A Study in Wellness
Innovations in Healthcare Through Evolving Technologies
JAMIE PFAHL, B.A., Community Liaison
Every morning on my hour-long bus ride to work, I flip casually through my RSS feed to catch the latest news in health, science, technology, and economics. Some of the news is unsurprising (“Longer Commutes May Add Calories and Hurt Your Health”; “Marijuana-Using Rats Are Lazy”) but the really eye-catching headlines are the ones that feature innovative research at the intersection of health and technology.
A few days ago I read an article featuring the use of virtual reality as a more controlled form of exposure therapy to treat phobias. This led me down the rabbit hole to discover that virtual reality (VR) has been shown to be as effective as cognitive behavioral therapy for social phobia1 and that the use of VR has tremendous potential to help people suffering from PTSD or chronic pain.2
While most of us don’t have easy access to virtual reality, an estimated 68% of Americans have smartphones, and 1 in 5 Americans use a wearable device to track their physical activity.3,4 With the increasing popularity of wearable technology, social media, smartphones, and mobile apps, there are new opportunities to improve health and healthcare delivery almost every day. We now have the ability to gather massive amounts of information from social networks, online behavior, tracking devices like Fitbits, and GPS-enabled smartphones. This has opened up a huge source of data for researchers as well as raising concerns about privacy and data security.
Some scientists are looking for a correlation between low-saturation Instagram filter use and depression, which is probably not the best or most reliable use of technology, and others are exploring the ability to use GPS and other smartphone data to determine behaviors that might signal depression.5 While it’s fascinating that your movement can provide clues to your mental health, there is also something inherently unsettling about the idea that your phone is constantly collecting data points that could be used to profile you.
In a slightly less unsettling application of mobile technology, hospitals are now working with transportation services like Uber and Lyft to improve access to care. For the 10-51% of patients who report lack of access to transportation to medical appointments, new Medicaid and hospital partnerships with transportation services can help reduce missed appointments and improve access to care.6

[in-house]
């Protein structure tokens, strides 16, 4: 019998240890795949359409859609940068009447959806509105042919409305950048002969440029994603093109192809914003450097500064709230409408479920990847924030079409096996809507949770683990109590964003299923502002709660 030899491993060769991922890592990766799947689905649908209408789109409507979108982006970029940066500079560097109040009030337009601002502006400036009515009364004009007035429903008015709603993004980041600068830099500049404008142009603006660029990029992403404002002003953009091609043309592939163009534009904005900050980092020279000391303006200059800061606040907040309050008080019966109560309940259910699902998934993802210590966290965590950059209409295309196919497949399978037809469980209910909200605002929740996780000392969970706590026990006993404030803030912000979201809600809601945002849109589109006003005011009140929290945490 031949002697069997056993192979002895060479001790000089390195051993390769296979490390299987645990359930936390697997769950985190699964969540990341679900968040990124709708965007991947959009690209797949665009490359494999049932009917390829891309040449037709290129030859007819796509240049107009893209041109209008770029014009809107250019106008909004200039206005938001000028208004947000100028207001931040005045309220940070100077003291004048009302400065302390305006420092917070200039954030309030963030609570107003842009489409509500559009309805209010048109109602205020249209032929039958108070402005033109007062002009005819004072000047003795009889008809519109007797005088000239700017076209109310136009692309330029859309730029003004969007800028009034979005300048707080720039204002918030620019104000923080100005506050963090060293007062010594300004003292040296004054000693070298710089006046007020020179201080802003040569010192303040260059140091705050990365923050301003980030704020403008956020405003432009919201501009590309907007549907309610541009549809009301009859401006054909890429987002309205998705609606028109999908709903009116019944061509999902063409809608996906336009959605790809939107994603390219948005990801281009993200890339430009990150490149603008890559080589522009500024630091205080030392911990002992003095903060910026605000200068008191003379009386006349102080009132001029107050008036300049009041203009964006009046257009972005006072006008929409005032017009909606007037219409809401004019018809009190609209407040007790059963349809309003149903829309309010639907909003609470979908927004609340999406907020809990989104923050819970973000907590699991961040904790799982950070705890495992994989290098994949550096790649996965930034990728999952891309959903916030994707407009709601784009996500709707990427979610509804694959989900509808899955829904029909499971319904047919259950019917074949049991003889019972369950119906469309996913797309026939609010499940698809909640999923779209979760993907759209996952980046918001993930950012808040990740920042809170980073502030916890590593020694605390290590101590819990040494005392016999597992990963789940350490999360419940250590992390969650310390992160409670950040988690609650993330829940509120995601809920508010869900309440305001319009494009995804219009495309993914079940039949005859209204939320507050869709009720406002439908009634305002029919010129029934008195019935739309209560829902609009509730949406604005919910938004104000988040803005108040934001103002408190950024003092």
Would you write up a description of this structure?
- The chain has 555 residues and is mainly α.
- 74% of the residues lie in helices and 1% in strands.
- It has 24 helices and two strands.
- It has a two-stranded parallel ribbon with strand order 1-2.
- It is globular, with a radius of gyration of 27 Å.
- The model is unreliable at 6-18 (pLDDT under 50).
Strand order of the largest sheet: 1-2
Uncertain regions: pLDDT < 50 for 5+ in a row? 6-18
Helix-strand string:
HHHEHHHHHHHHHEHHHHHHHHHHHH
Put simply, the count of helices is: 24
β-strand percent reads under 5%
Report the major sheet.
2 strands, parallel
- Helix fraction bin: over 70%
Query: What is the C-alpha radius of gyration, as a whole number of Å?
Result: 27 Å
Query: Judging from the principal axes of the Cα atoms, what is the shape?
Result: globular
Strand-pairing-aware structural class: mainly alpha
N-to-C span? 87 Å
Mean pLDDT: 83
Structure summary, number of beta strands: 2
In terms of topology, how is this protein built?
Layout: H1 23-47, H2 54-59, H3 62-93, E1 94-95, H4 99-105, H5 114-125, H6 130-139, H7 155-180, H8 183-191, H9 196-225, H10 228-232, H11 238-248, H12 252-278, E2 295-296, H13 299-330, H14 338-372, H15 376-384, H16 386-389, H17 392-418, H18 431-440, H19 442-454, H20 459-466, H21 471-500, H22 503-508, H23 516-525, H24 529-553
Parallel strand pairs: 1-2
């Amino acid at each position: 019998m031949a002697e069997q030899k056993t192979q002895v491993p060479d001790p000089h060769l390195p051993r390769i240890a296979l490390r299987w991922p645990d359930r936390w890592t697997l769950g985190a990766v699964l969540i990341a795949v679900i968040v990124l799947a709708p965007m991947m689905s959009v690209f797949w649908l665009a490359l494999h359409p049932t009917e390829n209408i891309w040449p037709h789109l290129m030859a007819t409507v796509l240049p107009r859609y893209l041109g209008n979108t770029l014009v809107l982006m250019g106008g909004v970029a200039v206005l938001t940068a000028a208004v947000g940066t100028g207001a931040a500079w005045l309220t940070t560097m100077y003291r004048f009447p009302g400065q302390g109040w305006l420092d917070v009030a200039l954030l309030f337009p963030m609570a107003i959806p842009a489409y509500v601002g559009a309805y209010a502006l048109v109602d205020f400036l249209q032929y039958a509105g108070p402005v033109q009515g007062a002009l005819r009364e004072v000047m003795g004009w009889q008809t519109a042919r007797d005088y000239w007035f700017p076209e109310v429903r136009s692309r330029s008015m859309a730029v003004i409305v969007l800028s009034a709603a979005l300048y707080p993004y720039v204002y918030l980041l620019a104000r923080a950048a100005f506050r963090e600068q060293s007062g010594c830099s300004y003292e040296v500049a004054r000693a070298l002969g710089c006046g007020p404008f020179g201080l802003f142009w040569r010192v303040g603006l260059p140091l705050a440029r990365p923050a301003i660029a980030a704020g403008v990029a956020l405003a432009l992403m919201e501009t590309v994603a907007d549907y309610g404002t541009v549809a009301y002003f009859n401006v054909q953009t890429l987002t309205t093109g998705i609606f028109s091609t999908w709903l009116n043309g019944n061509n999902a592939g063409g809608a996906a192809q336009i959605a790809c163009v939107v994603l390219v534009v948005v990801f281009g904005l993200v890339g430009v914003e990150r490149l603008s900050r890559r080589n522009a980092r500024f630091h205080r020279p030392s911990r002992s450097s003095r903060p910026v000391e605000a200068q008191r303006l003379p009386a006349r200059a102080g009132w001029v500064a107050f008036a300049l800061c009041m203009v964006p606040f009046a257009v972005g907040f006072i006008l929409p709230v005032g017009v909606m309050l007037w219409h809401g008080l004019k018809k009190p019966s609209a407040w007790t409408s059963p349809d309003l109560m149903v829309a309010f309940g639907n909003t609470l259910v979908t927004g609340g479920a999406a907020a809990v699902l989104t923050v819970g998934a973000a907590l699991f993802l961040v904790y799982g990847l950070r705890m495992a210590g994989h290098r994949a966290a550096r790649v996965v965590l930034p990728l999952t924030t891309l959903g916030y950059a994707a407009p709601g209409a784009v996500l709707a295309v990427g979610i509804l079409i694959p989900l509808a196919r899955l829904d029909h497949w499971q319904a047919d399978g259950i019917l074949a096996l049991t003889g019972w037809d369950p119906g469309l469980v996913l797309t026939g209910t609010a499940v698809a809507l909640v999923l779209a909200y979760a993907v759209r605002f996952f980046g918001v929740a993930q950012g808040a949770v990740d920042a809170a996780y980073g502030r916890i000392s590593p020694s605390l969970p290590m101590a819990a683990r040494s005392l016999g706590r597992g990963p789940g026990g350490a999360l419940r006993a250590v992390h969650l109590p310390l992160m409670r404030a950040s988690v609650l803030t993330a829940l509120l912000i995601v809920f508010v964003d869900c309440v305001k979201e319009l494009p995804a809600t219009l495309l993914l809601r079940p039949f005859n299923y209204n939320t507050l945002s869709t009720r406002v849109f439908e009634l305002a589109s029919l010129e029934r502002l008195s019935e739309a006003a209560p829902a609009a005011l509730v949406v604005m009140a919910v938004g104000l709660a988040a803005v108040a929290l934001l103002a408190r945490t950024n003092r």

These are just a few examples of the exciting – and sometimes disquieting – prospects that technology holds for health and healthcare improvement. With so much innovation, I can’t wait to see what shows up in tomorrow’s RSS feed.
1 Klinger, E., Bouchard, S., Légeron, P., Roy, S., Lauer, F., Chemin, I., & Nugues, P. (2005). Virtual reality therapy versus cognitive behavior therapy for social phobia: A preliminary controlled study. Cyber Psychology & Behavior, 8(1), 76-88.
2 Li, A., Montaño, Z., Chen, V. J., & Gold, J. I. (2011). Virtual reality and pain management: Current trends and future directions. Pain Management, 1(2), 147–157.
Wellness in Practice
CINDY MORRIS, Psy.D., Clinical Director
For a few silent moments, I sit quietly at my desk. Arms in a relaxed, open position. Eyes closed. I breathe in deeply. Then exhale. My shoulders drop. In my mind’s eye, I reach for my emotions. How do I feel right now? Nothing—I’m drawing a blank. Not high or low, just meh. Or maybe not even meh.
I’m in my focused, busy, productive mode. Thinking about what needs to be done. Setting my priorities. Doing what needs to be done. There’s not a lot of room for emotions in this space. To be honest, holding space for and attending to my emotions takes effort. I’m good at being the stable, responsible, and reliable one. I can create a holding space for other people’s emotions all day long. But creating one for myself can be challenging.
And so each day, I stop from time to time. Check-in with myself. Some days are easier than others. Sometimes, like today, I draw a blank. But then, I begin by focusing on my bodily sensations, drawing on my environment—the gentle breeze from my open window, the cooling weather of fall, the ease I feel in my body. And I begin to feel a surge of pleasure, the joy of being alive in this moment. With no judgment or consideration about what is going right or wrong. A spontaneous smile of happiness moves across my lips. I guess I’m feeling happy right now.
Made to Move
DEREK NOLAND, M.A., Community Liaison
Over the last few months I’ve been increasingly ramping up my distance running in an attempt to realize my dream of qualifying for the Boston Marathon. Not only do I find running to be one of my preferred forms of exercise, but it has become a powerful tool in preserving my emotional wellness over the years. Generally speaking, nothing helps me to feel less stressed, mentally clearer, and as uplifted to the same degree. However, with the pressure to strive for better and better times mounting as my qualification run approaches, I’ve begun to realize that I am simultaneously experiencing a competing challenge to my wellness as a result.
Namely, when things go awry with my running, I have noticed that I’m actually experiencing increased stress, among other negative outcomes. Whether it be having to keep off my feet for a few days due to injury, struggling to find the time to squeeze in all of my runs, or balancing being a good host to visiting family without losing momentum, the complications and stressors have grown as the deadline nears. Having recognized this unintended result, it’s time to take a step back, and think about the fine line between pushing the limits and overreaching. Regardless of whether a goal is work-related or athletically inspired, making a change in your personal life or habits and working toward and achieving that goal can be a great source of emotional wellness. But, as I have discovered, if we’re not cognizant of how striving for a goal may impact us, doing so may actually take on a negative form.